Tzolk'in is a no-randomness, 100% open-information game and this juggling act is obviously a bit complicated. Also, it's a CGE game, so the rules are somewhat involved – lots of different action spaces, different buildings, technology advantages, temple tracks with different payoffs, and so on. You could easily imagine this bogging down into total analysis paralysis as Dungeon Lords or Shipyard so easily can. But while it's unquestionably a detailed and thinky game, the gears don't seem to lock up, or at least not as much as you might guess. I think it's because you operate with a lot of constraints – you'll never have enough workers or enough food to do what you really want to do. If you're short food, which you often will be, there is nothing for it but to go to Palenque. With only 5 spots to put workers, the game focusses on giving you a limited number of highly distinct, high-leverage actions and there is very little of the micromanagement that so often weighs games down.
The big scoring opportunities in the game come from 3 major sources: Monuments you can build, which provide familiar endgame bonuses for having done a range of things during the game (advanced tech tracks, built specific kinds of buildings, farmed, and so on); getting Crystal Skulls and placing them in Chichen Itza; advancing in the temples; and to lesser extent, building buildings. Temple advancement is fairly diffuse and there are opportunities to do this, usually at the cost of resources, on all three of the non-resource-gathering gears. Advances on the temple tracks also feed back and give you resource bonuses twice a game. Crystal Skulls are the most focussed: there is exactly one spot on the resource gear that gives you a Skull and only a Skull, and these are useful only for mounting in Chichen Itza, which gives you points and a bump in one of the temples (and Chichen Itza does nothing else). The rest of the resources are quite flexible, being used for buildings, monuments, buying technology (which makes action spaces more productive), sacrificing to the gods, and selling for food. The net effect feels fairly well-balanced. There aren't any strategic cul-de-sacs, it's easy to feel like you're making progress, and scores will tend to be close. Unlike a lot of 100% open-information, no-luck games, this is not a game designed to make you feel like an idiot.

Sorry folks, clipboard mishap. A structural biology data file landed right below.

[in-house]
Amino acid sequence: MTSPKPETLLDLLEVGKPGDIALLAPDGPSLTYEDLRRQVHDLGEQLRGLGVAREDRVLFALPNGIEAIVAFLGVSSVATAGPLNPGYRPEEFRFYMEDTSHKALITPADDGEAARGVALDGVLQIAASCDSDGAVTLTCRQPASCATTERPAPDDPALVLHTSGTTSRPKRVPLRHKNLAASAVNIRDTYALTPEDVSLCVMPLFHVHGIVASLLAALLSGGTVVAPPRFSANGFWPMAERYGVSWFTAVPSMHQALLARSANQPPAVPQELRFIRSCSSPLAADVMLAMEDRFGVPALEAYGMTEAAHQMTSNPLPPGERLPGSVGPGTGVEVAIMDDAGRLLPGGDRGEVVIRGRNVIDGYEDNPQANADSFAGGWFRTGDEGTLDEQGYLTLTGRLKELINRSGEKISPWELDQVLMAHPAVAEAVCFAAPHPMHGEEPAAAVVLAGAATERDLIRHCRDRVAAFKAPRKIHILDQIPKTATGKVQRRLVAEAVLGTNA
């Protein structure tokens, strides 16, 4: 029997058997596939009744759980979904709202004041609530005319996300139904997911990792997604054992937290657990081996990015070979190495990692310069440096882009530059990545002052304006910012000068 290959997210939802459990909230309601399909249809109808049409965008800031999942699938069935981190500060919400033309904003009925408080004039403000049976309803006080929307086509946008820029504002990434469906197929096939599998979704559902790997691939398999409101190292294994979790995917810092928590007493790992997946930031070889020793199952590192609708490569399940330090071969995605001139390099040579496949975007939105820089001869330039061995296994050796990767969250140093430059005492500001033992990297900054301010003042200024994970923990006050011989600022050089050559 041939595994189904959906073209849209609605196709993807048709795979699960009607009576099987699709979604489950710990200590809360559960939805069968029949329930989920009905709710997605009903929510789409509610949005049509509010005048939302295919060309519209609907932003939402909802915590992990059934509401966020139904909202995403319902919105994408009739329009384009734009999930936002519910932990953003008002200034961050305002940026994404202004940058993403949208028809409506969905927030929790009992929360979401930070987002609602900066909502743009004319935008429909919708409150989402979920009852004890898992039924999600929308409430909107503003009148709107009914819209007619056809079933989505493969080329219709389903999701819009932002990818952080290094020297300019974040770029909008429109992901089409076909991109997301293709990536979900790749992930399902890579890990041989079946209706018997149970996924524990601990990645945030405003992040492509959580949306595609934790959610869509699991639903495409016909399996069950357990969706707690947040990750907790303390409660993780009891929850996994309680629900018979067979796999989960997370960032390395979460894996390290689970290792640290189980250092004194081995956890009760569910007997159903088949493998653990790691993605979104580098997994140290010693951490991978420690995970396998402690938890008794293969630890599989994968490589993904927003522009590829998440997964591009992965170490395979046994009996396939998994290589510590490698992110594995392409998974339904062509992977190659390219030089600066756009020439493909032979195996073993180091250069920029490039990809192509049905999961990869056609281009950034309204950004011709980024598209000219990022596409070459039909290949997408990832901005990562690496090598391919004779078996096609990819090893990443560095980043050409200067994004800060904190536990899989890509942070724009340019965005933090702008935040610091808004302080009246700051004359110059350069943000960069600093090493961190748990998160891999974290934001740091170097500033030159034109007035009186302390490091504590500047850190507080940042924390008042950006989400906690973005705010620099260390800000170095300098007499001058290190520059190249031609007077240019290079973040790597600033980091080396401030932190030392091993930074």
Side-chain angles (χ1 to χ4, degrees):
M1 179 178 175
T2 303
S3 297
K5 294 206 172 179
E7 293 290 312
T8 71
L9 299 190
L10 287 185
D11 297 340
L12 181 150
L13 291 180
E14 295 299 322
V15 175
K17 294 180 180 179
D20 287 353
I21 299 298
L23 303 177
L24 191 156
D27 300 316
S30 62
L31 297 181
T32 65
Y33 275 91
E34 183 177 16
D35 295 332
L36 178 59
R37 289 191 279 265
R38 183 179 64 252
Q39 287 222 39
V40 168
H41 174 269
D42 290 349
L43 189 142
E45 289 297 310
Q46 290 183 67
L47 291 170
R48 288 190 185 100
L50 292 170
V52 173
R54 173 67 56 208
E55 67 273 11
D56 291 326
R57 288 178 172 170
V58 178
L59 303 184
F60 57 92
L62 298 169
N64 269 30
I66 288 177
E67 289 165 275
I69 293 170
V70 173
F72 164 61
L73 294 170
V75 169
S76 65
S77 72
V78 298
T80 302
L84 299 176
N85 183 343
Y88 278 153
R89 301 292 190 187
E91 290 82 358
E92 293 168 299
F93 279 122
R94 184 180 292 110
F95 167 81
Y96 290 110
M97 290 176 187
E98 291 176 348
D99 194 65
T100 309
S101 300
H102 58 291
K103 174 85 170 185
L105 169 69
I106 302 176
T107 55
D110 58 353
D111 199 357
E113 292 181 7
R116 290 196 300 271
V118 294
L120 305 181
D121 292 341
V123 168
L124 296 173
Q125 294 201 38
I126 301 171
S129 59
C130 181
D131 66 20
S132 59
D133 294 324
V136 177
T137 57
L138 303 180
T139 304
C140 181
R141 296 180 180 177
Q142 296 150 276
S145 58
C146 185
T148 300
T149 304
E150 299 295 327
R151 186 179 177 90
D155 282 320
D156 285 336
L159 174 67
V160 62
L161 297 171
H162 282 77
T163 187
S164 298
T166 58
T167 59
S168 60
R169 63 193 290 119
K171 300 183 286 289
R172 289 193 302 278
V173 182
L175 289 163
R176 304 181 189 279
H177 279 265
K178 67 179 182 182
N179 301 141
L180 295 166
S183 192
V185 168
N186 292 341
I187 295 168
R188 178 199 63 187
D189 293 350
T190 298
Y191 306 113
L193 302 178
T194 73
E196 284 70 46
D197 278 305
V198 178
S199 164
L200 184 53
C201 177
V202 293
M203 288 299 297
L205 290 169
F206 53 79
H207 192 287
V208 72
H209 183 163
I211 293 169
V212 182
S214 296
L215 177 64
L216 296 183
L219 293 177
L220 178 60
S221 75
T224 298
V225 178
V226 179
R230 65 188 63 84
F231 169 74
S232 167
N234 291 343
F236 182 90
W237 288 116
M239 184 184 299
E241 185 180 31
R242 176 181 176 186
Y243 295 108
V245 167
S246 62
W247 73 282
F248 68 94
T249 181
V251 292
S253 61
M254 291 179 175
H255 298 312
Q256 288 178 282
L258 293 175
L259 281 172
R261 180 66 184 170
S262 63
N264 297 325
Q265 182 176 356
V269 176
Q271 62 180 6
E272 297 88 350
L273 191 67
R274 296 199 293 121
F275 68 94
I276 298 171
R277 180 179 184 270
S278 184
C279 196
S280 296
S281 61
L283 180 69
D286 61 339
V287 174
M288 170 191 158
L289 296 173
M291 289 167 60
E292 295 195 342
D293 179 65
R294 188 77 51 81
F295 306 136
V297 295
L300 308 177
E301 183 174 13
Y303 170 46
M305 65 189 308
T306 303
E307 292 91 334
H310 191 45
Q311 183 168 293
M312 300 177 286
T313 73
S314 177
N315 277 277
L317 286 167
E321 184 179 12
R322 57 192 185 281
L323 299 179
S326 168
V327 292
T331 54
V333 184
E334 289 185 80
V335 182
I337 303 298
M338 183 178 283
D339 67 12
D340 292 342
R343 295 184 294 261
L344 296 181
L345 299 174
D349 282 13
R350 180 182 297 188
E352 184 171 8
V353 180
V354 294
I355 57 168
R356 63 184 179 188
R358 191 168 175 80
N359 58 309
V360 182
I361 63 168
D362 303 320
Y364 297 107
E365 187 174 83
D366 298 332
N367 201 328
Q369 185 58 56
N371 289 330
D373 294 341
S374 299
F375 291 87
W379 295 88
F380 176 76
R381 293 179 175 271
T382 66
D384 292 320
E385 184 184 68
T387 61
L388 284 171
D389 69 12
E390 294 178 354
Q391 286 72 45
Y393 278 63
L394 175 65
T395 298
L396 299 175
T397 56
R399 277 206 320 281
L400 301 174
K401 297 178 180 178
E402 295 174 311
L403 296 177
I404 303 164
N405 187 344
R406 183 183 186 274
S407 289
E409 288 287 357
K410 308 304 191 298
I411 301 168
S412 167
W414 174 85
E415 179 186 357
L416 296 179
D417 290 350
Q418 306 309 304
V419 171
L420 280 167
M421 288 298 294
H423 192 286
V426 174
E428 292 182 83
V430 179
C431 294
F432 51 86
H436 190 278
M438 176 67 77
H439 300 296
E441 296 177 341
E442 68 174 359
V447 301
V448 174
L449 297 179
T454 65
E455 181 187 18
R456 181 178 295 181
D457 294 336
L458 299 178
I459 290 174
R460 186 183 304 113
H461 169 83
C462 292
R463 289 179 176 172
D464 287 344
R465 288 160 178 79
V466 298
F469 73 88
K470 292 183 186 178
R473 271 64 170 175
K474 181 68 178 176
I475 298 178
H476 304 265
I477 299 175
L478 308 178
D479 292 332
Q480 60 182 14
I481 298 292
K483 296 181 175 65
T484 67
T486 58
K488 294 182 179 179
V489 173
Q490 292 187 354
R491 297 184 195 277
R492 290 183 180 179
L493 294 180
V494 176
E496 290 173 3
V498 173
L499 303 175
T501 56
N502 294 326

Even though Tzolk'in plays smoothly and feels pretty elegant once you get into the groove, there are still a fair number of details here and it's moderately tedious to have to explain the game to new players (I haven't even mentioned a fair amount of detail). So the question inevitably arises: what is it all in service of? That's the question that nags at me.
I think the answer is, it's in service of itself. Tzolk'in is thematic in the same way that Ra is thematic. Ra is an auction game with nice art and nods to the familiar Egyptian tropes: floods, pyramids, gods with funny heads, and so on. Tzolk'in is a game about scheduling and timing with nice art and nods to less-familiar Mayan tropes: calendars, corn, step pyramids, even their (as postulated by Jared Diamond) deforestation problem. Does Tzolk'in grab on to anything fundamental about Mayans, their calendar, or their civilization? Not really, and I guess my instinct is that for a game of its complexity, it should.
Ultimately I think my instincts are wrong in this case, though. Tzolk'in is a very playable, engaging, meaty euro that gives you lots of planning and resource optimization opportunities without many of the hazards that usually come with this class of games: systemic imbalance, reliance on brute-force analysis, downtime, effective player elimination. Worker placement games can be especially problematic, since they rely on figuring out how "hot" various action spaces are which requires you figure out not only what each space is worth to you, but what it is worth to every other player. This contention for spaces is a very limited element in Tzolk'in, and you virtually never have to do this sort of analytical heavy lifting. Another nice feature is that Tzolk'in is only minimally about infrastructure development, so early choices don't weigh particularly heavily and it's about making good choices for the whole game. Tzolk'in feels tight, moves at a good pace, and while it presents you with interesting tactical and strategic choices, it doesn't require or reward excessive forward-looking analysis at the expense of strategic judgement.
Tzok'in is definitely quite different in texture from the first generation of euros – it's not as mechanically tight, has a much broader canvas of options, and is quite complicated by 1995-2005 standards. However, the core elements do feel a lot like these classics: focussed, with tight pacing, good balance, and nicely presented. Because I found the gear gimmick distracting, it took me a little bit to understand that was what Tzolk'in was. Once I figured it out, I quite enjoyed it.